Coaching & Leadership Development
What Headteachers should be told before they’re appointed!

What Headteachers should be told before they’re appointed!

  Recently, I’ve been pondering one question: How do Headteachers find the time and space to develop the aptitudes necessary to show up as their true authentic and best self, when they are in a profession that requires;   – A deeply forensic approach to the analysis of pupil outcomes – Lightning quick responses to demands of all kinds and, – Consistently high levels of visibility   The answer I most often hear in response to this question, is:   ‘There quite simply isn’t enough time to focus on me. I spend all of my time and more [i.e. evenings and weekends] focusing on school improvement, because that’s what I’m here to do – to focus on the children and teachers, not me.”   When I hear this response, I find myself thinking, that sounds just like me when I was a Head. When I was told only one side of the School Leadership Story.   It’s all about the job description, or is it?   Before I was appointed to my first post as a Headteacher around seventeen years ago, I read and believed that I fully understood the Job description and person spec. I wrote an application form that demonstrated my leadership skills, knowledge and experience.   I performed so well at interview [despite being eight and a half months pregnant], that I convinced the panel, I could do what the job was asking of me on paper and take the school out of Special Measures…   And therein lies the rub. Did you fall for it too? Did you mistakenly believe that when you applied for the Head...
What happens when Headteachers drop the Leadership Mask?

What happens when Headteachers drop the Leadership Mask?

If you are head teacher, then I am sure, this image will speak volumes to you! You know exactly what it takes each and every day to step into the role of Head teacher and enter a system that so often forgets that you are human. A system, which despite all the well-intentioned rhetoric, expects you to constantly withstand the ‘slings and arrows of outrageous fortune’. And, no matter how fast and furious they might be, requires that you always come out victorious, with an ever-present smile on your face.   However, I am sure you know as a Head, many a time life just isn’t like that. Those slings and arrows, whether from a colleague, an inspector, a parent or a Governor, can hurt. They can pierce the soul and leave you feeling utterly down-spirited and disheartened.   It is because of this fact and working closely as we do, with Head teachers, that we decided to host our termly Headteacher’s Nurture Meals. We wanted to do something, that clearly said to Head teachers,    ‘You are of value; you are of worth and you have the right to have your needs met’   We are always very clear in our purpose. This was designed not to be one of those Head teacher gathering where individuals met with their peers, but still felt the need to be to wear their leadership mask or suit of armour, for fear of being judged or criticised for anything that they might say. We wanted to make sure this was different.   Different…. But how? Well … we create a loose framework for discussion, but in the...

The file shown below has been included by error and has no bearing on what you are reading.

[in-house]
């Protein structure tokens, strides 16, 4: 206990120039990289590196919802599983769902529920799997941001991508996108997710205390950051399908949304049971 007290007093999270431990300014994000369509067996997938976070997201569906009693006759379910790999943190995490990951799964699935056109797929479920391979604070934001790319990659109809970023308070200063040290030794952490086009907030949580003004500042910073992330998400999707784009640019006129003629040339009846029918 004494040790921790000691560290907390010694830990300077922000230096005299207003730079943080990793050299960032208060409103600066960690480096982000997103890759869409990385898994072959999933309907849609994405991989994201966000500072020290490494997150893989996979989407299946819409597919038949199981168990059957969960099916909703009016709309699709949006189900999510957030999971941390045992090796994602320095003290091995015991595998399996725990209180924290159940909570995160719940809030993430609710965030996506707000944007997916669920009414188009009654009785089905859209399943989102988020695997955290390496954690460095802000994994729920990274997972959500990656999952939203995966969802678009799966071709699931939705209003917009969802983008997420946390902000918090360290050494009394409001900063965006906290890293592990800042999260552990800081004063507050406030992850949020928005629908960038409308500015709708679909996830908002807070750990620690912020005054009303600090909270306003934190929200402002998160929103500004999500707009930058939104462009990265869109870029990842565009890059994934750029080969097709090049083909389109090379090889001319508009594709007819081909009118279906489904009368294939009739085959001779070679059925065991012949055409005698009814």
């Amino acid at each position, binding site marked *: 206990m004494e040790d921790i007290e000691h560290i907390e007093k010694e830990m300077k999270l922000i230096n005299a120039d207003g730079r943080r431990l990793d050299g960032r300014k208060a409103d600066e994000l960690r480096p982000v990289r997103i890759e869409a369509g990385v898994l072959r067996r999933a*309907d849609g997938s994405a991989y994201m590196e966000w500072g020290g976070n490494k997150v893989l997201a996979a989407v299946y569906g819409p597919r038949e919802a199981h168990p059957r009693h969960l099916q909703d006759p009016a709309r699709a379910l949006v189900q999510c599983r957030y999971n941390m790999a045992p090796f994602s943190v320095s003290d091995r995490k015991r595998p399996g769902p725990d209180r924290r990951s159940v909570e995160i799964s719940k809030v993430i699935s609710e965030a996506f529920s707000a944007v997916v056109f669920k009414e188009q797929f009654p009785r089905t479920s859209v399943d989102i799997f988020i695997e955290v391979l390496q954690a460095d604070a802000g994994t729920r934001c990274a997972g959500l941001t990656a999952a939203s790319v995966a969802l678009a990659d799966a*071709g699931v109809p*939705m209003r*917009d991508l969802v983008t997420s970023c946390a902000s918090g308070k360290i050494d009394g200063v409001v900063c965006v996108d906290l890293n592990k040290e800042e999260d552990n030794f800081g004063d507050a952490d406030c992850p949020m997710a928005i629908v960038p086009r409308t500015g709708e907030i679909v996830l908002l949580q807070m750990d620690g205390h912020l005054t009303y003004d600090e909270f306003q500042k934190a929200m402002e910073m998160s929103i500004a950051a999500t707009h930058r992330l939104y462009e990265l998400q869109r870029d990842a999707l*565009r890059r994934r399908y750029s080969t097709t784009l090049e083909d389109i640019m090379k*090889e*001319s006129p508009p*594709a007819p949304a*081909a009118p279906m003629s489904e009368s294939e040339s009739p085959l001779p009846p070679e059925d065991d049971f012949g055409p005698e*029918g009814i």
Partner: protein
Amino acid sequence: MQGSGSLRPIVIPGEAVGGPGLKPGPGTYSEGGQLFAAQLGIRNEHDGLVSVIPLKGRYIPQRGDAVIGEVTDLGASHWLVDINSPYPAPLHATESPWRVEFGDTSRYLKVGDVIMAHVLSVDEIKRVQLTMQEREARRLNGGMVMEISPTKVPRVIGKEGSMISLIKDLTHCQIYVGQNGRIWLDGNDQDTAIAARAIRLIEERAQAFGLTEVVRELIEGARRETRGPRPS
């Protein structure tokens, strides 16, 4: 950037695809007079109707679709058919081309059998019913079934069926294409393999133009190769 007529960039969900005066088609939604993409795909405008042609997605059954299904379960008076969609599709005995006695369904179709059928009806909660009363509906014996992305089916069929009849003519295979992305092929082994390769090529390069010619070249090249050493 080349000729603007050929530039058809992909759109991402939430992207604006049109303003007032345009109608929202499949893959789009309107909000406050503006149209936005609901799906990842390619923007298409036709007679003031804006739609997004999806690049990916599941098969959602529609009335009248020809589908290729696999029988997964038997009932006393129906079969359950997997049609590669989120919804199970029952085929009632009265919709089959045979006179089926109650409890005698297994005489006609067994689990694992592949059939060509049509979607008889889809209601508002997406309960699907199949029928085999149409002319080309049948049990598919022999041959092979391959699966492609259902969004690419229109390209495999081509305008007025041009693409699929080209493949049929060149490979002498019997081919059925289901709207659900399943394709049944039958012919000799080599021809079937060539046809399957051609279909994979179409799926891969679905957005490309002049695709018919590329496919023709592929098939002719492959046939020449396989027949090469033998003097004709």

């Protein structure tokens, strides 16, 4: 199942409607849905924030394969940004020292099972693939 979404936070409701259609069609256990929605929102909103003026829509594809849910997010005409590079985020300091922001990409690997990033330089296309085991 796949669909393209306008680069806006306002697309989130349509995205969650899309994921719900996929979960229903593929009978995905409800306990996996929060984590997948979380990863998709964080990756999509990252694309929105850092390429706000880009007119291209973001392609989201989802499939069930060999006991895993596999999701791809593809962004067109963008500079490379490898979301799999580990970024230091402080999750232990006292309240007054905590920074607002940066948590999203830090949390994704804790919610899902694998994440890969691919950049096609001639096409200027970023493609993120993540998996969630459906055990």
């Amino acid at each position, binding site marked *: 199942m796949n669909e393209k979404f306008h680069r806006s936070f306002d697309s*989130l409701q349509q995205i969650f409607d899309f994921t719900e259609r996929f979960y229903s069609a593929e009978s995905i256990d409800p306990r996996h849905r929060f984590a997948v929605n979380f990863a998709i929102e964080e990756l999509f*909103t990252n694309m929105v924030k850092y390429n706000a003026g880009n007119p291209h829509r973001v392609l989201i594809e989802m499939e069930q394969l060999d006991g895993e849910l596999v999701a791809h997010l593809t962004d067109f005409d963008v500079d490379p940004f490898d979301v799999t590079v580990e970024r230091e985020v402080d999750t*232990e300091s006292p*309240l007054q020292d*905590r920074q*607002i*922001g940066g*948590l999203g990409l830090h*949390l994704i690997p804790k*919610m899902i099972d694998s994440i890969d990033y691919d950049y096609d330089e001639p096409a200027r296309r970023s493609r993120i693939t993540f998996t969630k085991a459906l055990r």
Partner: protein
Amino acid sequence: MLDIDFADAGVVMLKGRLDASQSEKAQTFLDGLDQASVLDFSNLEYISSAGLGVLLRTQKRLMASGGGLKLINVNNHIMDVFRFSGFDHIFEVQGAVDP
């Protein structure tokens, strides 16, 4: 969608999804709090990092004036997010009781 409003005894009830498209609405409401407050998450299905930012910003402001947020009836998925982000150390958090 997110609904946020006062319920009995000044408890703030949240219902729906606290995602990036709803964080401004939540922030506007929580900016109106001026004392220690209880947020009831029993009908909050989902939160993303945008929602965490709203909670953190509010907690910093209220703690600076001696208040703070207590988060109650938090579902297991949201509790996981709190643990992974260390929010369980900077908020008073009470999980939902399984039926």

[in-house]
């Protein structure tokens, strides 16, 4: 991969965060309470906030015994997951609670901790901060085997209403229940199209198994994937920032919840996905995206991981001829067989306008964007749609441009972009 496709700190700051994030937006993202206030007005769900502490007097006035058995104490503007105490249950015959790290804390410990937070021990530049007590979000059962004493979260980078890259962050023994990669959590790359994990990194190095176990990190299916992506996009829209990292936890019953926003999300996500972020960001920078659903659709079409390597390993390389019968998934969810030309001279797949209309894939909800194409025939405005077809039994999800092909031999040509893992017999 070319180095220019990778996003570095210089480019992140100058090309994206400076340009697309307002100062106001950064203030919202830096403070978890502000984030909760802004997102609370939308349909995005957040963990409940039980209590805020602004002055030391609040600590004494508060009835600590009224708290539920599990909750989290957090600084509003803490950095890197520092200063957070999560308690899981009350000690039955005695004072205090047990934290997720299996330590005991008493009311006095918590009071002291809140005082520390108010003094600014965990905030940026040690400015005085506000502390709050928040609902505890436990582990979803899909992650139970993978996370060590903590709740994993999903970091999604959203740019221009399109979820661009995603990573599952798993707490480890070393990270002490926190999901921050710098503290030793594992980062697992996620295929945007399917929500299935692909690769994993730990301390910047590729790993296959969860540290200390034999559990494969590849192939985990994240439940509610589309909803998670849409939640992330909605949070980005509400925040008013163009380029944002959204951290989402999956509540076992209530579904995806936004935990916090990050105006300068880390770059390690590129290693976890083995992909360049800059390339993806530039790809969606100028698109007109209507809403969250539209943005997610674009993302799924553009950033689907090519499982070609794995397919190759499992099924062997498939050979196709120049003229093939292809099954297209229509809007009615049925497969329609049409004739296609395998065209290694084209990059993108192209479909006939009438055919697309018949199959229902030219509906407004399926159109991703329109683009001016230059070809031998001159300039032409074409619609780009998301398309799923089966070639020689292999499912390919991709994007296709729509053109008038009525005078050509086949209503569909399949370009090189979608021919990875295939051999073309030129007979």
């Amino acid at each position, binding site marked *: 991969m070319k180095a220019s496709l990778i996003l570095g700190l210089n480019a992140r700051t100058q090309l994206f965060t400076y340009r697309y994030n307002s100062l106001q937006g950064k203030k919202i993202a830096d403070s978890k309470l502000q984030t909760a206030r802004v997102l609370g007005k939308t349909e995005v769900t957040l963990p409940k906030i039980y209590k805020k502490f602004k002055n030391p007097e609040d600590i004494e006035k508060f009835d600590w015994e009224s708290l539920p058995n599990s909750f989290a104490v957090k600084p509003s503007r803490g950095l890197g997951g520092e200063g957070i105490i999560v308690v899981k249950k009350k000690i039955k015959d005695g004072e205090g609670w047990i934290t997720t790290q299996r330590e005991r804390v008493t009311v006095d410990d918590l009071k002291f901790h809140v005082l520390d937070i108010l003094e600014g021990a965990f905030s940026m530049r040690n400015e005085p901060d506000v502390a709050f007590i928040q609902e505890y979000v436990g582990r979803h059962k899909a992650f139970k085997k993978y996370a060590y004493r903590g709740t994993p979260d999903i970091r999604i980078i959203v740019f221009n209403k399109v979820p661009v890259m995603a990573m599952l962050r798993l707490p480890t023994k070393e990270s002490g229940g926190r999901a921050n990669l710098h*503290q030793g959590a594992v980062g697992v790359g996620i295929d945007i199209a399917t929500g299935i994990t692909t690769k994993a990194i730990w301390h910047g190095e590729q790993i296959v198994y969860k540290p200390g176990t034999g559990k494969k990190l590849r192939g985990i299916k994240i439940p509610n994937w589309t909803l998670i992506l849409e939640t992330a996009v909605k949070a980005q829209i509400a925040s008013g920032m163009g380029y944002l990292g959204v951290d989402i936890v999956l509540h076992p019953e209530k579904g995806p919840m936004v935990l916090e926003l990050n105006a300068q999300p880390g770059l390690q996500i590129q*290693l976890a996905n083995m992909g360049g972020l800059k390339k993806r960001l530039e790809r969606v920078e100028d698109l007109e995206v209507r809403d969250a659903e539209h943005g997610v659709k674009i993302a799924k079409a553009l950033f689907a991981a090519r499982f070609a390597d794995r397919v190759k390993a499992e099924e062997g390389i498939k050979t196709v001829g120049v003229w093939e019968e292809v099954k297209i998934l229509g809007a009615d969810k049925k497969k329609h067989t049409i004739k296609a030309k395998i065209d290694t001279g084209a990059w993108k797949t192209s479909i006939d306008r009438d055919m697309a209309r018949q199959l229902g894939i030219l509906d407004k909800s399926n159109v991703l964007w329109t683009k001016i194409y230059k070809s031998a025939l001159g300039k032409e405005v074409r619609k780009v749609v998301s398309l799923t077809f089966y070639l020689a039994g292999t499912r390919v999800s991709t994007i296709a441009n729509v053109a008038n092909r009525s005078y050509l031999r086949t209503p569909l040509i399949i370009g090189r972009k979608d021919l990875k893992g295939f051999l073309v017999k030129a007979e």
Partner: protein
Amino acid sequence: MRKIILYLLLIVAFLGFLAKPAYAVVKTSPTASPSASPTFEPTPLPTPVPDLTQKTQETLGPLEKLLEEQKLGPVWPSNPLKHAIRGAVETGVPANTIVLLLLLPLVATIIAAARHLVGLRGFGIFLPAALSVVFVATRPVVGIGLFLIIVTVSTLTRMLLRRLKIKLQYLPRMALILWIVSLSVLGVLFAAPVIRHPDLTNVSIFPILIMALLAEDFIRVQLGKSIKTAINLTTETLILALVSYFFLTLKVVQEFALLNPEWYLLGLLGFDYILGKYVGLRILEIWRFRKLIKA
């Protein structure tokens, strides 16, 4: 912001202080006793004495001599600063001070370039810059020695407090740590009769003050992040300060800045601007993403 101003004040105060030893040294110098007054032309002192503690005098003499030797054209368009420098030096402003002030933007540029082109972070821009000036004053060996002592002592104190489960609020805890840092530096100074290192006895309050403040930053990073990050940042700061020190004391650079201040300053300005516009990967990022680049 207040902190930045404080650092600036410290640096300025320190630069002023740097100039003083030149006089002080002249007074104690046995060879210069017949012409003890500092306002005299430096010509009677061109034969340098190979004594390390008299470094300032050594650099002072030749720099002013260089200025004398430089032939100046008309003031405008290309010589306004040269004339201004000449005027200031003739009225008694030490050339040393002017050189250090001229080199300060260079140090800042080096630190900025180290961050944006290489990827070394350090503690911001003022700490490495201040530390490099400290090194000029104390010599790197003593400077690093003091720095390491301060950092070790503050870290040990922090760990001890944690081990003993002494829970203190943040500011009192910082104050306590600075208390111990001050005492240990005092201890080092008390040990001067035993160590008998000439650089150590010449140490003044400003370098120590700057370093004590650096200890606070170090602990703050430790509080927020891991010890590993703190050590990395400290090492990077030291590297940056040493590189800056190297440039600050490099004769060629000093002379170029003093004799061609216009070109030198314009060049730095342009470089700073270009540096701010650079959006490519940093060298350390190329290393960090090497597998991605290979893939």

3 Great School Leadership Reads

3 Great School Leadership Reads

1. Mental Health and Wellbeing in The Learning and Teaching Environment Edited by Colin R. Martin, Mick P. Fleming and Hugh Smith                                                                                       This paradigm-shifting book draws on expertise from key opinion leaders within the academic research fields of education and mental health. The book considers the relationship between mental health and education in an evidence-based and practice-focused way. It is the first book of its kind to examine the complex problems associated with today’s high-stress, high-emotion learning and teaching environments which affects both learners and leaders of learning alike.It is an important and timely text that offers new hope in tackling the alarming mental health crisis in our schools and colleges. The book bears witness to the fact that with a growing number of students struggling with mental health problems and with schools full of pupils with a wide diversity of abilities, behaviours, needs and diagnosable conditions, teaching and school leadership have become some of the most challenging and stressful jobs imaginable. Crucially, the text also highlights the serious impact which the behaviour of pupils, teacher and school leaders can have on each other. We now understand that relationships in schools are fundamental to intellectual and behavioural growth for pupils and that many significant mental health problems of adults have their origins in childhood. In light of this, it is vital that those in education have all the tools and support necessary...